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Gmane
From: =?utf-8?Q?J=C3=B6rg?= W Mittag <JoergWMittag+Usenet-EhRL+R9O3eV+rYvXrdT+RA <at> public.gmane.org>
Subject: Re: Bag/Multiset in scala and a touch of multimap
Newsgroups: gmane.comp.lang.scala.user
Date: Sunday 28th November 2010 03:17:41 UTC (over 6 years ago)
David Christiansen wrote:
> Is there a reason that Map[X, Int] isn't sufficient for your needs? It
> seems to cover the histogram need in any case, though it doesn't
> provide the set-like operations, of course.

Probably for the same reason that we use *any* abstraction instead of
a hand-rolled concrete implementation.

Personally, what I like about MultiSets is that they make some
algorithms completely disappear. Like in the histogram case, for
example. Sure, folding over the input and constructing the Map is a
one-liner, but the cool thing about a MultiSet is that it is a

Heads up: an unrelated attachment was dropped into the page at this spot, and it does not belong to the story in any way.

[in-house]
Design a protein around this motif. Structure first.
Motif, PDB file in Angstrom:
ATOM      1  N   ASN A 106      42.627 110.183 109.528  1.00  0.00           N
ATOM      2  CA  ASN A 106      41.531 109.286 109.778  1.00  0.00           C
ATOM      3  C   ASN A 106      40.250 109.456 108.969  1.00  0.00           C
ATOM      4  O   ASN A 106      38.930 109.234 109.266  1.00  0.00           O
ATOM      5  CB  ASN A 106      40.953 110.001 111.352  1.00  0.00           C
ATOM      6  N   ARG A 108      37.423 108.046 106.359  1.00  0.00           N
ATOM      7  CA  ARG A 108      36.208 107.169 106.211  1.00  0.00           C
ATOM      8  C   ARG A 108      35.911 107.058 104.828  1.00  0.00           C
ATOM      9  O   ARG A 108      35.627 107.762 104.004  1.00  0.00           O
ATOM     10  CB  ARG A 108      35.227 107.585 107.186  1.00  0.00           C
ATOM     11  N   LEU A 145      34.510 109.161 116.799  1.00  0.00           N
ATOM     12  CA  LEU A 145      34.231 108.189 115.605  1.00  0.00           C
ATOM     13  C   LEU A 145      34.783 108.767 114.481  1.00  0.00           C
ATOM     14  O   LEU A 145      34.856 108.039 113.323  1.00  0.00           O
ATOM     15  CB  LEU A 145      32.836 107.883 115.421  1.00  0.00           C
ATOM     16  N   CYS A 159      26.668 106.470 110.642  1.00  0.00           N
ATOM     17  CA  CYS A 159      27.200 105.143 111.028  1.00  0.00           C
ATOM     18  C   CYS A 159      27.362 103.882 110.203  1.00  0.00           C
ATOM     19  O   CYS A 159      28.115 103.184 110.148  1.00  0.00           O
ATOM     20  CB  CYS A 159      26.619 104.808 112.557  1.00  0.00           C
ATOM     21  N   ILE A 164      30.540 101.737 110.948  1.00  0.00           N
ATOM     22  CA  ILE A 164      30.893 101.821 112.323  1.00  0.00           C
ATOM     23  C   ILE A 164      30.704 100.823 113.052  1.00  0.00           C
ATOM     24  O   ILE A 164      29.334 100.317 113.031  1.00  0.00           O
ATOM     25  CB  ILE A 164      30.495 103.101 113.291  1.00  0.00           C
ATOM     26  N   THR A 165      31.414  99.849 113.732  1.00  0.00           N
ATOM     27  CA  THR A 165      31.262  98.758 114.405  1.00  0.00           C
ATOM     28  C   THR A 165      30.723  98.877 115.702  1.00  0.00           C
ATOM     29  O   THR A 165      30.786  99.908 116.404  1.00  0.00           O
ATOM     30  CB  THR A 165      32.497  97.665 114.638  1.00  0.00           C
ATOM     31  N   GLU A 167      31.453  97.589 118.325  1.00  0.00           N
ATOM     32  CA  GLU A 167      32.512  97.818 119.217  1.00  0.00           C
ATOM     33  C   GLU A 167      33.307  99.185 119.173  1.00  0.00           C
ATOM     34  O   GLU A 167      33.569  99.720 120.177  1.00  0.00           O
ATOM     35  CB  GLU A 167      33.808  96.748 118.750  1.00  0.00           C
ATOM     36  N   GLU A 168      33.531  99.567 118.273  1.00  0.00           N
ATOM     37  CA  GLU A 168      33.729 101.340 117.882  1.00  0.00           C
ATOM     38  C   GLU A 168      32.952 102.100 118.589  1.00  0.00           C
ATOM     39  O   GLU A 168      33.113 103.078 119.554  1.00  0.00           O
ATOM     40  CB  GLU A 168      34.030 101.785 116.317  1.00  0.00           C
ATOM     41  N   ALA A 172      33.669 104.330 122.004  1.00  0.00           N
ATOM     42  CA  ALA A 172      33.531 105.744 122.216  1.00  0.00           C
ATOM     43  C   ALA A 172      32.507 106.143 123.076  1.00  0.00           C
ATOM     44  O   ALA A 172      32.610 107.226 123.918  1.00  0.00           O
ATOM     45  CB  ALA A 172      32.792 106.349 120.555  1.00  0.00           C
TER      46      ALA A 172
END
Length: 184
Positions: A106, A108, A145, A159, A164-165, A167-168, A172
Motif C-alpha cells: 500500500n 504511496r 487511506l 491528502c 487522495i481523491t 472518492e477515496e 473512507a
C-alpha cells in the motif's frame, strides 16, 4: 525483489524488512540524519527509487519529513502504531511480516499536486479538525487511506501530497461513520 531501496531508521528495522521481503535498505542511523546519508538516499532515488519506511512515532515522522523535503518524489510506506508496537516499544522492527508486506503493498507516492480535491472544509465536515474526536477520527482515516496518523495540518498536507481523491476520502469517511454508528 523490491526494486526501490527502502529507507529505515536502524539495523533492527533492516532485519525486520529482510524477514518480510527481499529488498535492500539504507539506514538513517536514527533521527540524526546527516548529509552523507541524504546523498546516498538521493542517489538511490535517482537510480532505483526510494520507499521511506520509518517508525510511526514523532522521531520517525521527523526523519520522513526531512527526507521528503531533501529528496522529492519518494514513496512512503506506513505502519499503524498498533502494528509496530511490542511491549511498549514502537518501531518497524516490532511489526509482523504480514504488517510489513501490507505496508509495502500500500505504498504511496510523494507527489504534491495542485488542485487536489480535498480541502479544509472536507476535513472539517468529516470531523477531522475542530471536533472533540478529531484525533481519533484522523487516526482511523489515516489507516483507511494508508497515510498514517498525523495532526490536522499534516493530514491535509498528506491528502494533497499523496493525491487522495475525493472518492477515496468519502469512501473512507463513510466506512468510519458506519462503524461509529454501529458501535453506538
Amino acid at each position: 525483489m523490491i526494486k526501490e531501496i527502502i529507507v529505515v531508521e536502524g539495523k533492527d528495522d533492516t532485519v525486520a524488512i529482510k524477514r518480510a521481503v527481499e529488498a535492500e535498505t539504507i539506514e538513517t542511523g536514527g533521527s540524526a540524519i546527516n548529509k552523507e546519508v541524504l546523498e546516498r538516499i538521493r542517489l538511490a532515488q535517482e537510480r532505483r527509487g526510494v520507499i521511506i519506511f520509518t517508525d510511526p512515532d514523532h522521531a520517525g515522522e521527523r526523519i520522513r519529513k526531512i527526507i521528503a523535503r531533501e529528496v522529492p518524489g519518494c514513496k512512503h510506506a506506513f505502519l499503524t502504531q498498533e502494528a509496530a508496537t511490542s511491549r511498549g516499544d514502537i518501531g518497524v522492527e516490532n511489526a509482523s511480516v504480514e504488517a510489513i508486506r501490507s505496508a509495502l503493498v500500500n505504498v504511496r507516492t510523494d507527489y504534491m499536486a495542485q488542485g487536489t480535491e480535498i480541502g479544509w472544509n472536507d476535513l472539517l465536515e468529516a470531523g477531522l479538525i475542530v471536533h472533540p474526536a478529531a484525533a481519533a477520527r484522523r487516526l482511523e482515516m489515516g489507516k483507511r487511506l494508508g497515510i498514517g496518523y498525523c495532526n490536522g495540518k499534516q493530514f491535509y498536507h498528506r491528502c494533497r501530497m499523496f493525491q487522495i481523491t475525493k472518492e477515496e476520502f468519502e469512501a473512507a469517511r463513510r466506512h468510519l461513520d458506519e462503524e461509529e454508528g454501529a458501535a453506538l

*zero-liner*, since the MultiSet *is* already the answer.

You simply pass the input to the MultiSet constructor and you're done!

It's the ultimate example of how choosing the right data structure can
massively simplify your algorithms. In this case, the algorithm using
the MultiSet is (at least for some not very mathemetically strict
definition of infinity) actually infinitely simpler!

Say, I want to compute a histogram of letters in a word. The most
straightforward way would be something like

    word foldLeft(Map[Char, Int]())((m, c) => m updated(c, m.getOrElse(c,
0) + 1))

Although this one is much better IMHO:

    word groupBy(identity) map { case (c, cs) => (c, cs.size) }

But behold!

    MultiSet(word:_*)

Yep. That's it. That is the *entire* "algorithm" for computing
histograms.

jwm

PS:  Of course, all the *work* is still there, in the constructor of
MultiSet, but *I* neither have to write nor (more importantly) read
and maintain that.
 
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